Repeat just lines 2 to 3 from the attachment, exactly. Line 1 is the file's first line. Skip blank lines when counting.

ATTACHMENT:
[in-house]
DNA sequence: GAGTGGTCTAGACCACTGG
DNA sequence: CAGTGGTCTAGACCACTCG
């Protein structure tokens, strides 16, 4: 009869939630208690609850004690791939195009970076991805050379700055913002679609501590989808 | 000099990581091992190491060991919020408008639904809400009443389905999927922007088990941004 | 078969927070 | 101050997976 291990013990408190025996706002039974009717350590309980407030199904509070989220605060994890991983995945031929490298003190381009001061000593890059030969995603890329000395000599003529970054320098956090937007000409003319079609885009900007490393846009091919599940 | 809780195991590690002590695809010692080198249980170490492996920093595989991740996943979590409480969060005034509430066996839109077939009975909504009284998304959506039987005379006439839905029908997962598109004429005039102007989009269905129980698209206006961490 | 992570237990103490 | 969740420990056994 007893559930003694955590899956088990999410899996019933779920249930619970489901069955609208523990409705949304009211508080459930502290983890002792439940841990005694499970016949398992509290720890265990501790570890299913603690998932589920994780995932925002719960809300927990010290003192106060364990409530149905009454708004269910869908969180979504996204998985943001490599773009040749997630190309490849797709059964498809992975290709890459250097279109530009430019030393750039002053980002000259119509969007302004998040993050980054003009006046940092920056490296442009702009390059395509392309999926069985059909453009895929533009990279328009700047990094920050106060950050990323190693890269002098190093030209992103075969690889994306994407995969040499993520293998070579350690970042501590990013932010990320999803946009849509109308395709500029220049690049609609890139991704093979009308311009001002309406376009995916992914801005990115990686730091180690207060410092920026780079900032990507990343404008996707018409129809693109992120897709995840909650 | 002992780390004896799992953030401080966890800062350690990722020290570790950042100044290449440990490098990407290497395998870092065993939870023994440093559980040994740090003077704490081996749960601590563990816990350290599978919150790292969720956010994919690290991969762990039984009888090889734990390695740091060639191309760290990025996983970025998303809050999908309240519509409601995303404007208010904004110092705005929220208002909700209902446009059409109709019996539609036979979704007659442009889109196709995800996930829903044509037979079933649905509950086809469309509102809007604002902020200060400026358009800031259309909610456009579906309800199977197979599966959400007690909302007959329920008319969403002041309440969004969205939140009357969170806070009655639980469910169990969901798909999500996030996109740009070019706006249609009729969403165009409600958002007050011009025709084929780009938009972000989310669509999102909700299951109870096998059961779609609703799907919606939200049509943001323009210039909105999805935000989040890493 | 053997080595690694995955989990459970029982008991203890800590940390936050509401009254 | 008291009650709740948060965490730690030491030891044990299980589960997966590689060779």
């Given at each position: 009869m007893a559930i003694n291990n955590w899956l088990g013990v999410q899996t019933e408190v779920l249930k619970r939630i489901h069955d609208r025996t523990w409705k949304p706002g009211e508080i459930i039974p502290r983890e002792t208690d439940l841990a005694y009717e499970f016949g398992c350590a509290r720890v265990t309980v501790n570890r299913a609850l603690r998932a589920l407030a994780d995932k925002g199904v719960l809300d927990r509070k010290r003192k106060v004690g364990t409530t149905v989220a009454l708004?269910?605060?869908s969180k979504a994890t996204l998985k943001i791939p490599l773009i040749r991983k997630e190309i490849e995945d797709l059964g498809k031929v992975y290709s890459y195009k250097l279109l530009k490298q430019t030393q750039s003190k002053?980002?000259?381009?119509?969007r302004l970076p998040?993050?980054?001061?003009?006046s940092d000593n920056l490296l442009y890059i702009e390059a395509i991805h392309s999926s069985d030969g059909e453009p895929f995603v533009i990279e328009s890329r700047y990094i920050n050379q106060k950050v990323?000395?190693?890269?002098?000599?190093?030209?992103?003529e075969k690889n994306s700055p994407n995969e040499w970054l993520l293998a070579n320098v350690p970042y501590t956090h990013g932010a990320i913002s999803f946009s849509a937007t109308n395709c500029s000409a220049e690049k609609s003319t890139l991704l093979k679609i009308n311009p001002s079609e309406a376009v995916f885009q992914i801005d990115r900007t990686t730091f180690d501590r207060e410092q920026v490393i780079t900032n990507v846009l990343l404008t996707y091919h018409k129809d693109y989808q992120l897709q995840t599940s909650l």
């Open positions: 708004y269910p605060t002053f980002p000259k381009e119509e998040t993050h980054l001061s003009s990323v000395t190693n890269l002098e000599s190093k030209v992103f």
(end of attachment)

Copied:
DNA sequence: GAGTGGTCTAGACCACTGG
DNA sequence: CAGTGGTCTAGACCACTCG